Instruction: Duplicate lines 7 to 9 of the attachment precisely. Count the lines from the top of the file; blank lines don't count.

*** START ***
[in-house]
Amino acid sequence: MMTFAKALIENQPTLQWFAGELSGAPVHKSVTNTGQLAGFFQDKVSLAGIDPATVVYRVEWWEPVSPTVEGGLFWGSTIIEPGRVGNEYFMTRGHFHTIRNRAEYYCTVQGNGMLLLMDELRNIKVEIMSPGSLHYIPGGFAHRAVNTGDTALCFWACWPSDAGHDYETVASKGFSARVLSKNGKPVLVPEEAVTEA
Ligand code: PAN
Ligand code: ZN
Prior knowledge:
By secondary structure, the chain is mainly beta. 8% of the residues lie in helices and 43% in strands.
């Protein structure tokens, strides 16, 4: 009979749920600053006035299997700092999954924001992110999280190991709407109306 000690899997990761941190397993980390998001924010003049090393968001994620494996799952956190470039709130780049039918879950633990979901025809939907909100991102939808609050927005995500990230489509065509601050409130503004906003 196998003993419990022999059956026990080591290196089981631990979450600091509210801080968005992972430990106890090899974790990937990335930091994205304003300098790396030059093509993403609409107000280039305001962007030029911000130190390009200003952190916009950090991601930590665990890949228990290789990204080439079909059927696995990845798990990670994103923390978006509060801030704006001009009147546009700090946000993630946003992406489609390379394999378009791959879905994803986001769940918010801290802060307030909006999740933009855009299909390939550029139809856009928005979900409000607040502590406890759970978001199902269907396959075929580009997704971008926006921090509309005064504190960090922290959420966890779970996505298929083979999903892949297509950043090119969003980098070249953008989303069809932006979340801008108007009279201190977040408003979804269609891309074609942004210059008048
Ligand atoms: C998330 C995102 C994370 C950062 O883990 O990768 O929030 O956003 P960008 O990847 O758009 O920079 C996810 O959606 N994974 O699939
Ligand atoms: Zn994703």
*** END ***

């Protein structure tokens, strides 16, 4: 009979749920600053006035299997700092999954924001992110999280190991709407109306 000690899997990761941190397993980390998001924010003049090393968001994620494996799952956190470039709130780049039918879950633990979901025809939907909100991102939808609050927005995500990230489509065509601050409130503004906003 196998003993419990022999059956026990080591290196089981631990979450600091509210801080968005992972430990106890090899974790990937990335930091994205304003300098790396030059093509993403609409107000280039305001962007030029911000130190390009200003952190916009950090991601930590665990890949228990290789990204080439079909059927696995990845798990990670994103923390978006509060801030704006001009009147546009700090946000993630946003992406489609390379394999378009791959879905994803986001769940918010801290802060307030909006999740933009855009299909390939550029139809856009928005979900409000607040502590406890759970978001199902269907396959075929580009997704971008926006921090509309005064504190960090922290959420966890779970996505298929083979999903892949297509950043090119969003980098070249953008989303069809932006979340801008108007009279201190977040408003979804269609891309074609942004210059008048
Ligand atoms: C998330 C995102 C994370 C950062 O883990 O990768 O929030 O956003 P960008 O990847 O758009 O920079 C996810 O959606 N994974 O699939
Ligand atoms: Zn994703």